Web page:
Socio-economic Status and Barriers to the Use of Free Antiretroviral Treatment for HIV/AIDS in Enugu State South-East Nigeria

 

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dc.contributor.advisor Cleary, Susan en_ZA
dc.contributor.author Okoli, Chijoke Ifeanyi en_ZA
dc.date.accessioned 2014-11-08T18:05:04Z
dc.date.available 2014-11-08T18:05:04Z
dc.date.issued 2009 en_ZA
dc.identifier.citation Okoli, C. 2009. Socio-economic Status and Barriers to the Use of Free Antiretroviral Treatment for HIV/AIDS in Enugu State South-East Nigeria. University of Cape Town. en_ZA
dc.identifier.uri http://hdl.handle.net/11427/9413
dc.description Includes bibliographical references. en_ZA
dc.description.abstract [Objectives] In Nigeria, free antiretroviral treatment (ART) centers are mainly located in urban and peri-urban areas despite higher HIV-prevalence in rural areas. This study investigated the socio-economic and socio-demographic characteristics together with the access barriers faced by the users of free ART in Enugu State, southeast Nigeria. [ Design ] Cross sectional study Methods The study was conducted in two purposively selected sites/facilities (one public and one private) administering free ART. In each of the two facilities, 120 patients living with HIV/AIDS (PLWHA) were interviewed. Information about socio-economic status, demographic characteristics, factors constraining access and coping mechanisms were elicited using interviewer-administered questionnaires as a patient came out of the doctor's consulting room (exit interview). Principal components analysis, frequencies and cross tabulations were used in analysis. [ Results ] Of the 240 respondents, 67.5% were female. The mean age of the respondents was 36 years and 46.7% were within the age range of 30-41 years. The main occupations of the respondents were petty trading (21.3%), artisan (20.0%) and government worker (19.2%). High cost of transport (32.5%), stigma (31.7%) and long waiting hours (23.3%) were found to be major hindrances to accessing free ART. The mean cost of transport was US$3.94 per visit although an SES analysis showed that the most poor incurred the highest cost of transport (US$5.48) per visit. Stigma is clearly more of a barrier in Enugu metropolis (49%) compared to communities outside the Enugu metropolis (18.6%) and states apart from Enugu State (22.2%). PLWHA spent an average of 3.39 hours at the clinic during their monthly appointment. Own savings and financial support from relatives were the main coping mechanism used for accessing free ART. The most poor (underprivileged) bore a higher cost of transport while the effect of stigmatization appeared to be felt by all the socioeconomic groups. [ Conclusion ] Potential findings indicate that the poor bear the highest burden of transport costs while stigmatization affects all socio-economic groups although more on non poor than the poor. Advocacy against HIV and AIDS related stigma is crucial if HIV/AIDS interventions are to achieve their desired outcomes. Concerted effort is required from government, non-governmental agencies, communities and religious groups in the campaign against HIV/AIDS related stigma. The key finding of high traveling costs, particularly for the poor, suggests the need to consider mechanisms that might enhance access for the rural poor such as mobile ART clinics. It is also imperative to employ more medical personnel so as to address the issue of long waiting hours experienced by users of free ART. en_ZA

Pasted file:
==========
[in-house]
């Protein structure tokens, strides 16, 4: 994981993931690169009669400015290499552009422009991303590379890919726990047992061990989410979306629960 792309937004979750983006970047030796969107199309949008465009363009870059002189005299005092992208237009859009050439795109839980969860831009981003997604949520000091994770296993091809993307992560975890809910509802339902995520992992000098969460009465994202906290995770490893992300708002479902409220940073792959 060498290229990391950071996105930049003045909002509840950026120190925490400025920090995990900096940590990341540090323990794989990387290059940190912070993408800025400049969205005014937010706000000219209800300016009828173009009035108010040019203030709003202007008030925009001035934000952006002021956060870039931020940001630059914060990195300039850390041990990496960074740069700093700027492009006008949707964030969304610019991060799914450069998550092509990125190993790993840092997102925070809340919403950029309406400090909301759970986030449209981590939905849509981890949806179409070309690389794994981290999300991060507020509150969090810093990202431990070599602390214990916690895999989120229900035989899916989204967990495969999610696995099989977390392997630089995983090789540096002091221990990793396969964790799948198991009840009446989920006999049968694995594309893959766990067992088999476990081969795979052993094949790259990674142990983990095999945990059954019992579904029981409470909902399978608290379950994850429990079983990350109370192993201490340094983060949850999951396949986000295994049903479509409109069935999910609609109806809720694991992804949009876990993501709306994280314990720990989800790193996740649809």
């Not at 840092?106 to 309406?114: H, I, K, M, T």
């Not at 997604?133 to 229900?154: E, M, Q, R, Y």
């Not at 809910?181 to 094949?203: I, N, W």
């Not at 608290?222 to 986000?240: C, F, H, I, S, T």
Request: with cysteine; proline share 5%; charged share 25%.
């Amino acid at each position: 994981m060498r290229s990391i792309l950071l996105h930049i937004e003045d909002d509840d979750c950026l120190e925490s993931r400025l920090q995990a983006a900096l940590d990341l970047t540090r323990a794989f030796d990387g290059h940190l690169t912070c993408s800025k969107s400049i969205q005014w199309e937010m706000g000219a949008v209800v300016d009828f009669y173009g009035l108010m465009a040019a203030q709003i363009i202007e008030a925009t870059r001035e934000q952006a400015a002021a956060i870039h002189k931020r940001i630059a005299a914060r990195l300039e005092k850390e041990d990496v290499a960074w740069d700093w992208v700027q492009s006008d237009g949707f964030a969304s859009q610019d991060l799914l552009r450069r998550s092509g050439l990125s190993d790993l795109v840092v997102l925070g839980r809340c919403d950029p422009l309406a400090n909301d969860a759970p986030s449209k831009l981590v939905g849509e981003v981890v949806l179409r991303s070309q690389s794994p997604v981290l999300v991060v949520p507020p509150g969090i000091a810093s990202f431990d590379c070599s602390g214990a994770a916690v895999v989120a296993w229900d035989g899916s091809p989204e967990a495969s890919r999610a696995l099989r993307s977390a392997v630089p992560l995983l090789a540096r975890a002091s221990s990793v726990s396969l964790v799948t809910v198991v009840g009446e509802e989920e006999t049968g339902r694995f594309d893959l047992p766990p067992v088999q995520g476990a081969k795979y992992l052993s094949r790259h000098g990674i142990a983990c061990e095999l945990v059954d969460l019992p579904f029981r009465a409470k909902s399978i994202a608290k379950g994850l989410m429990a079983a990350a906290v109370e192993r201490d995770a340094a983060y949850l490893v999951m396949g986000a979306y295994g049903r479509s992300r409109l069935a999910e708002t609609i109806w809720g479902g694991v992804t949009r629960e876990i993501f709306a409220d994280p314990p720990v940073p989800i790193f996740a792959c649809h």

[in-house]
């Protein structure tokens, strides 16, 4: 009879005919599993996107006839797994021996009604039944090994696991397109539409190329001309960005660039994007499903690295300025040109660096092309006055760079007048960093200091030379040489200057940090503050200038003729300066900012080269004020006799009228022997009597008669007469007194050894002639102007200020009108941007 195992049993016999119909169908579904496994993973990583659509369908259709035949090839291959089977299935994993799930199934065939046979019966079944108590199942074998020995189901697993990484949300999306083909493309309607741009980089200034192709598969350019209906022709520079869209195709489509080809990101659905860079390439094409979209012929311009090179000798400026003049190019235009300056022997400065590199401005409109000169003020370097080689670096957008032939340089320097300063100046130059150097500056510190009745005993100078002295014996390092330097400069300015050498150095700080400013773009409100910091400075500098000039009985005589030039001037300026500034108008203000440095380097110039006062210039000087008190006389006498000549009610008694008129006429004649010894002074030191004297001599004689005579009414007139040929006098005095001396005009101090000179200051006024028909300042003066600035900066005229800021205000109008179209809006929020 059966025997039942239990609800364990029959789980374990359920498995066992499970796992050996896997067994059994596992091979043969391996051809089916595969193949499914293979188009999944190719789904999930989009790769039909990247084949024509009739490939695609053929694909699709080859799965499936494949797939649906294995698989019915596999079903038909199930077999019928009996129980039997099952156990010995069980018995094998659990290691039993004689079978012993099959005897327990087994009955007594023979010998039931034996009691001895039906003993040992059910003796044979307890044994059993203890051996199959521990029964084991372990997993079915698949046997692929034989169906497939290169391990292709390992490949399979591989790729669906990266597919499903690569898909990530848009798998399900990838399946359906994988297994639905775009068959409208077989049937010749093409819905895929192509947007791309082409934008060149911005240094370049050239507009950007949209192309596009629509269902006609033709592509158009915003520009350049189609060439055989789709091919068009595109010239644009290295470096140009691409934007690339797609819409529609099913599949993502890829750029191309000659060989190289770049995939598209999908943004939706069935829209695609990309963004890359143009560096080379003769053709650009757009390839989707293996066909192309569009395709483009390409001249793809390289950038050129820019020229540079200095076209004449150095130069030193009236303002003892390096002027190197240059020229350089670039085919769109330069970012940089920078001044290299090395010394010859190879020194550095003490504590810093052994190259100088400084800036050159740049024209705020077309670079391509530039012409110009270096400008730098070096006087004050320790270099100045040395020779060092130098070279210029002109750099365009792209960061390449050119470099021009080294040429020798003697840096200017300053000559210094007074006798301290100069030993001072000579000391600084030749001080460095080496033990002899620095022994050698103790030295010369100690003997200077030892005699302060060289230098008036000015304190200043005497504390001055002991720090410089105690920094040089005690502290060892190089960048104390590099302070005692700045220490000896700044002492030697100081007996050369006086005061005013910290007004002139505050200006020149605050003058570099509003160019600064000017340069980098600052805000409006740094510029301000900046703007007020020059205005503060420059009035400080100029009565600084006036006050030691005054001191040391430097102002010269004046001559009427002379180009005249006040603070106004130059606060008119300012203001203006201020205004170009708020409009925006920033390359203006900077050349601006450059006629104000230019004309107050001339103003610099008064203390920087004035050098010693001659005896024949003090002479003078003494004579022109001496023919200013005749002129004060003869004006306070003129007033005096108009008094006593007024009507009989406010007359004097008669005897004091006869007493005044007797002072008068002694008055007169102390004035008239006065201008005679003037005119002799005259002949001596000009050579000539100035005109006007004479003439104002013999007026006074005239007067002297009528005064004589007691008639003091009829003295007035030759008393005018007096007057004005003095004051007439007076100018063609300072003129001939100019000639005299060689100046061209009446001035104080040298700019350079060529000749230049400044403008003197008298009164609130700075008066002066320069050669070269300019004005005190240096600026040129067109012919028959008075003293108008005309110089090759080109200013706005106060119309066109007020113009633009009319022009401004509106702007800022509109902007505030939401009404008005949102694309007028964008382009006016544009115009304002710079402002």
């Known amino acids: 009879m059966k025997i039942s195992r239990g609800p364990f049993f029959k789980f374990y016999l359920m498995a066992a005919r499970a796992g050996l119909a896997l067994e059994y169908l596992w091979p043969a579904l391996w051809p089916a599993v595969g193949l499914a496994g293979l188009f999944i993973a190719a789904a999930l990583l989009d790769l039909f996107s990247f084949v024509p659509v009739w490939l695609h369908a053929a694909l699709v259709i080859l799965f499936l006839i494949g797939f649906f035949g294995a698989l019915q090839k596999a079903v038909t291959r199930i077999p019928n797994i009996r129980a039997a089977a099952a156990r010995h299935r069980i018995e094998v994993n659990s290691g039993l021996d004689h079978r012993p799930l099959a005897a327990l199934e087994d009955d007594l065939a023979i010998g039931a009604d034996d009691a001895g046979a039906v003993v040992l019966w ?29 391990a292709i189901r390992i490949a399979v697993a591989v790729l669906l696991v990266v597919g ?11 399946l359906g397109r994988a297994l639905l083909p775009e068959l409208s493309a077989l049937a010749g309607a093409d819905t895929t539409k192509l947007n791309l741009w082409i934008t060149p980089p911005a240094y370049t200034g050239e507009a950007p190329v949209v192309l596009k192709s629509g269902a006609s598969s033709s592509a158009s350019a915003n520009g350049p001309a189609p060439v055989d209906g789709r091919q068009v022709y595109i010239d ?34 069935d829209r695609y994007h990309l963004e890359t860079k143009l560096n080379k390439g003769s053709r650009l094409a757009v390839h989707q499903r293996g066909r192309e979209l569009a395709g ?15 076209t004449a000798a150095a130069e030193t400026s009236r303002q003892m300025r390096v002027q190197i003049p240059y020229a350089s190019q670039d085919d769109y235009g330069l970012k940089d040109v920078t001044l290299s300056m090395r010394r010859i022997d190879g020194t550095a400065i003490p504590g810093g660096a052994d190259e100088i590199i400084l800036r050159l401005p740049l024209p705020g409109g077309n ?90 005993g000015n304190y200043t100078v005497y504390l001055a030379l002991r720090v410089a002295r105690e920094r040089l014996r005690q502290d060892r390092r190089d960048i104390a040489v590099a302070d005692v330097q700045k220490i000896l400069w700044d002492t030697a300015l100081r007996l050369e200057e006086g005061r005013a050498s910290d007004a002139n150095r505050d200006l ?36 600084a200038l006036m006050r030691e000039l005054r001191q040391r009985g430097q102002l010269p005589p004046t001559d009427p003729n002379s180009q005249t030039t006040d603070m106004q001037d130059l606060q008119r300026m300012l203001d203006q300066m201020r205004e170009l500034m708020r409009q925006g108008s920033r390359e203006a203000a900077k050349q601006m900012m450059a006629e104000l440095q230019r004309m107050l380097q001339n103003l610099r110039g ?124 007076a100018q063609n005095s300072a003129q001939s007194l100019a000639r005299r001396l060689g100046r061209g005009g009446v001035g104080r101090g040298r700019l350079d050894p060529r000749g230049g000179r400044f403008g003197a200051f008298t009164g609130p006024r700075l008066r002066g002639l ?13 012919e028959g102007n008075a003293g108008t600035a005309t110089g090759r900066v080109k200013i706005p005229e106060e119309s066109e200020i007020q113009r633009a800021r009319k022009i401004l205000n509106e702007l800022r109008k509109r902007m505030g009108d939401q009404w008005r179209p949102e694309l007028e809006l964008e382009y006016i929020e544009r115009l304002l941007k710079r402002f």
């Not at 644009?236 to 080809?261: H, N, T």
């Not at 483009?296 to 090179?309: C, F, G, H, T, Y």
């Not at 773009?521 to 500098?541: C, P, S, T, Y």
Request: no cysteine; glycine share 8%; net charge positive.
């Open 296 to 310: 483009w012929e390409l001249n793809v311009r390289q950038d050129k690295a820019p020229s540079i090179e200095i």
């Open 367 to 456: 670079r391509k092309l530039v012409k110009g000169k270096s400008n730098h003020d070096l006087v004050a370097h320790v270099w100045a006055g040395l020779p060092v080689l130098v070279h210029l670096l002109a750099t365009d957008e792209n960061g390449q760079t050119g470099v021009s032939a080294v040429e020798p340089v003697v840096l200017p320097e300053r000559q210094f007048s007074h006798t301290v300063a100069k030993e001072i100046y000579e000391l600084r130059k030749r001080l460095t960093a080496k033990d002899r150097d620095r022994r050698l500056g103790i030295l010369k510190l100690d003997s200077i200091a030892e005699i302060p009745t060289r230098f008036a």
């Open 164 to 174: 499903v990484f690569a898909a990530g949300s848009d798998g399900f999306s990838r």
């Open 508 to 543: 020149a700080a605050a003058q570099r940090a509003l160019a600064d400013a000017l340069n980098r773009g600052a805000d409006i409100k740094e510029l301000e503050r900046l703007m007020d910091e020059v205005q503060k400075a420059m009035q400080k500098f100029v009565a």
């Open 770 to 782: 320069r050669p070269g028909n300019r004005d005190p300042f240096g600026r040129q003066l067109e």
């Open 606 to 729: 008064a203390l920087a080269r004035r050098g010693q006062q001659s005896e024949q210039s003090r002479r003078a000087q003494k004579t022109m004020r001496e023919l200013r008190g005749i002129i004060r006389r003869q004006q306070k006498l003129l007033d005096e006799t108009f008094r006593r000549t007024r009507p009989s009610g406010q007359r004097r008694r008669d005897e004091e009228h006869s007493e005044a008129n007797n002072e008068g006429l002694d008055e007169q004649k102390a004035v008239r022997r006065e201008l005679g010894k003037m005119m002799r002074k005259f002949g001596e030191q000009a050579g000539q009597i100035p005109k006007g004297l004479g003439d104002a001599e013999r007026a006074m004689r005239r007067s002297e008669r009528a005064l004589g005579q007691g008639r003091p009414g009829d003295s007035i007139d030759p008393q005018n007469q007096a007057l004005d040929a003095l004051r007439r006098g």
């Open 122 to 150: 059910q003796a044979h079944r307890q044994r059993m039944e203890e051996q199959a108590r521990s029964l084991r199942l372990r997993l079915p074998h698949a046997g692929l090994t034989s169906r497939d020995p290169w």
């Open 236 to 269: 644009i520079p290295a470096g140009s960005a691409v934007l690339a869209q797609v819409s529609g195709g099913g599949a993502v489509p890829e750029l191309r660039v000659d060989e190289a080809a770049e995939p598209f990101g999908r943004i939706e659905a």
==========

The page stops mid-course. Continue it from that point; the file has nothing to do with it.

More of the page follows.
dc.language.iso eng en_ZA
dc.subject.other Health Economics en_ZA
dc.title Socio-economic Status and Barriers to the Use of Free Antiretroviral Treatment for HIV/AIDS in Enugu State South-East Nigeria en_ZA
dc.type Thesis / Dissertation en_ZA
uct.type.publication Research en_ZA
uct.type.resource Thesis en_ZA
dc.publisher.institution University of Cape Town
dc.publisher.faculty Faculty of Health Sciences en_ZA
dc.publisher.department Health Economics Unit en_ZA
dc.type.qualificationlevel Masters en_ZA
dc.type.qualificationname MPH en_ZA
uct.type.filetype Text
uct.type.filetype Image


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